Hextall said, “As far as free agency, you want to get to the point where you’re signing one or two guys to fill holes. Right now we have too many holes. … We could have fast-tracked (some prospects). They could have been in L.A. and it might have looked better for fans, but in two years guys like Boyle and Purcell will be here because they put in that time in the minors.”
Looking ahead to this year’s free-agent situation, Hextall said, “Our biggest concern is our defense. We will actively try to make trades. We won’t try to trade for a 30-year-old defenseman with one year left on his contract. We will try, actively, to trade for a young defenseman between now and the draft.”
Asked a follow-up question about the chances of Thomas Hickey playing in L.A. next season, Hextall said, “Kopitar came in two years ago and we thought that he would probably not be ready, but he earned a spot. Defense is a tougher position to learn but if a defenseman comes in and earns a spot, he will be here.”
The next fan had wide-ranging criticisms, mostly about the signings of underachieving free agents, and summed up his question by basically asking, “Why should I give you my money now, and not wait two or three years to see how this turns out?”
Hextall said, “I’m not going to try to sell you on the fact that we’re going to win the Stanley Cup next year, because quite frankly I don’t see it happening. We’re trying to build the team. … The guys we signed last year, we didn’t expect them to step in and be star players. Michal Handzus, that was the worst year I’ve seen him have. … You won’t see how good he is until we get to the playoffs and he shuts down a guy like Ryan Getzlaf or Joe Thornton. … (Last year’s signings) were good hockey players but they weren’t going to put us over the top. … Detroit, they were terrible 20 years ago, then they drafted Yzerman and re-signed the right guys. … I would love to make the playoffs, but if you go and lose four straight, what did you accomplish?”
A follow-up question challenged Hextall on the Detroit point, and specifically noted that Detroit helped itself by signing a guy like Brian Rafalski.
Hextall said, “Rafalski was a piece for Detroit. That’s the finishing piece. We have too many holes. If we tried to sign everybody, we would have no room under the cap and no future. We have to protect ourselves from offer sheets (on players such as Johnson and Kopitar).”
Another follow-up criticized the selection of Hickey last year and asked when he would be in L.A.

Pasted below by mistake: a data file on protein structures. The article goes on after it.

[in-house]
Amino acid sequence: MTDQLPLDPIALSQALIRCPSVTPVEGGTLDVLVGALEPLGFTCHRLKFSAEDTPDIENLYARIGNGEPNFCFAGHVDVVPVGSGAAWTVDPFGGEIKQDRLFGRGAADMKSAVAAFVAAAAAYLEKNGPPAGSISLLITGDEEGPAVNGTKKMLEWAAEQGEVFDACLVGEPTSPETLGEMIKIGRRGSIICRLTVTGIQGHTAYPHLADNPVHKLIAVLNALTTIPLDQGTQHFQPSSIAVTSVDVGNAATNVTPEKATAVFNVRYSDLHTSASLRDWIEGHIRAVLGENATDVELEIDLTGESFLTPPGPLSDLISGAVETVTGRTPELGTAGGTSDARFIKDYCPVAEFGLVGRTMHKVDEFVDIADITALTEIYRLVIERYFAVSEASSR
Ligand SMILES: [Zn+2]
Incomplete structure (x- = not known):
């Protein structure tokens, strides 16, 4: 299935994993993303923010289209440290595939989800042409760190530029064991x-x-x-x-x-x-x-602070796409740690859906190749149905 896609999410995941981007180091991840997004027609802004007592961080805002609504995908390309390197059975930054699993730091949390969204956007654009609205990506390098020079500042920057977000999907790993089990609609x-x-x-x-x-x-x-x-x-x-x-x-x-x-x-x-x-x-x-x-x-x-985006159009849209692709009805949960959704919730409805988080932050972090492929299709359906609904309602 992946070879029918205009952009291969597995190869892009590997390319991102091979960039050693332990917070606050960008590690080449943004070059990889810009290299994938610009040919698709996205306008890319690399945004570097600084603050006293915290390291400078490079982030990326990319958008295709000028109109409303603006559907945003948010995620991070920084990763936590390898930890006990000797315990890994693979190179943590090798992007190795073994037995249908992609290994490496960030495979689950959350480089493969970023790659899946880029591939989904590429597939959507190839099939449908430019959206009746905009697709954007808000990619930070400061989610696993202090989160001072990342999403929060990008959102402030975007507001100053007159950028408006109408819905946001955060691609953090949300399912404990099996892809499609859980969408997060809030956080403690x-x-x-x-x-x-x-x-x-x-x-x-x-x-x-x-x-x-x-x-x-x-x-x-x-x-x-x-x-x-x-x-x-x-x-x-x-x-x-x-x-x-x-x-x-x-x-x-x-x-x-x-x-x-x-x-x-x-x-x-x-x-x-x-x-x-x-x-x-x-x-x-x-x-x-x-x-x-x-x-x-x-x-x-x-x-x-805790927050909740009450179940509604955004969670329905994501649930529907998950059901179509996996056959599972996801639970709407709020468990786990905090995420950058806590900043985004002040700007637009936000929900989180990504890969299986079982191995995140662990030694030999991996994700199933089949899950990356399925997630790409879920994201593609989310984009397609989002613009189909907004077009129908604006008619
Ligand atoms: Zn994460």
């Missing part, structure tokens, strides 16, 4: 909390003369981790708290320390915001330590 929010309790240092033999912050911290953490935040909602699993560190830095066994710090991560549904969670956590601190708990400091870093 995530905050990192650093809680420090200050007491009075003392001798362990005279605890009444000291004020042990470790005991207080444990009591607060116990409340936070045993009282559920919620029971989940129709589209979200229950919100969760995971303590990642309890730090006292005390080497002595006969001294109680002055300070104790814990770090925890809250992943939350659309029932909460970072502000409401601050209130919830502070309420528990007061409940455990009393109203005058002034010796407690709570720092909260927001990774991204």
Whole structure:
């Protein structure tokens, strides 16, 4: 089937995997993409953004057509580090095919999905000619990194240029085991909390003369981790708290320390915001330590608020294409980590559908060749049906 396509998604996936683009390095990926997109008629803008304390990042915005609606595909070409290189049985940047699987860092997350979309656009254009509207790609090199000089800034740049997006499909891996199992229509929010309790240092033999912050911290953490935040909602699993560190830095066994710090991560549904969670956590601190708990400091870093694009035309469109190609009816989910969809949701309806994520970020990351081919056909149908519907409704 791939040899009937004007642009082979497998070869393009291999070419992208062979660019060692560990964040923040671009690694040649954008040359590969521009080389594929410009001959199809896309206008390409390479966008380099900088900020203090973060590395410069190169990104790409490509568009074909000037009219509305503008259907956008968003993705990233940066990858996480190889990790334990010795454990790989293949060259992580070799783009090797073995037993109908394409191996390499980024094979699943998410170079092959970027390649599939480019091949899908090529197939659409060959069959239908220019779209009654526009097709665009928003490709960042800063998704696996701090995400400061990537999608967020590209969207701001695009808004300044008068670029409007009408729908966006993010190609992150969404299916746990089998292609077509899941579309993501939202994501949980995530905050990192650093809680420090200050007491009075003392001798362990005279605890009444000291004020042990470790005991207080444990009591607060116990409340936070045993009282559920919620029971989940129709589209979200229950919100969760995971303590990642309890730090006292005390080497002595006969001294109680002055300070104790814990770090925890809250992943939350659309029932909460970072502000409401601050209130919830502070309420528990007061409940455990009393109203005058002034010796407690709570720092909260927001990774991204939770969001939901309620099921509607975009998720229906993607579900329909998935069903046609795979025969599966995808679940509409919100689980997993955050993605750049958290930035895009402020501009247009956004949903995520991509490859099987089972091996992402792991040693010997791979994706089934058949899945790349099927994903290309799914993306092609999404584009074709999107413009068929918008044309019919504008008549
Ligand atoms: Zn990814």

Hextall said, “If you slotted Hickey this year, he wouldn’t go fourth. Last year, there were 10 or 12 guys who could have gone fourth. … He reminds me a lot of (Lubomir Visnovsky).”
Hextall then referenced Hickey’s recent ankle surgery and said, “He’s not going to be built up like we’d like him to be built up in September (for training camp). There’s an outside chance (he would make the team).”
The next fan pointed out that Leiweke said the Kings woulnd’t sign players to “retirement contracts,” then complained about the signings of Rob Blake and Scott Thornton. He asked about why he should believe this front-office group when the previous group lied.
Robitaille said, “I’m not going to lie to you. I’m going to do the best job I can do to get us to the next level. … I’m going to make mistakes, just like a did on the ice, but I’m going to give my best effort.”
A follow-up question dealt with a lack of experience at Manchester and if that would be corrected.
Hextall said, “I was impressed by the leadership down there, with guys like Gauthier and Boyle. … The growth of that team, from the start of the year to the end of the year, was phenomenal. It was a much closer team than last year. … As much as we want Manchester to win, we also want Manchester to develop. … Next year is going to be a lot of the same.”
The next fan, who said he has been a season-ticket holder for 25 years, complained about parking and the fact that he doesn’t get calls returned by his season-ticket representative.
McGowan answered and said fans could expect “more timeliness and programs” from the Kings going forward and said a lack of returned calls was “definitely unacceptable.” McGowan said the Kings had recently hired someone from the Vancouver Canucks to be in charge of their season-ticket-retention department.
The next fan (who apparently didn’t get the memo) wondered why the Kings don’t seem to care about losing money.
McGowan said, “Certainly we care that we’re losing money. We’re resolving it. We’re not comfortable with our financial results but we’re not talking about it anymore because our fans don’t want to hear about it.”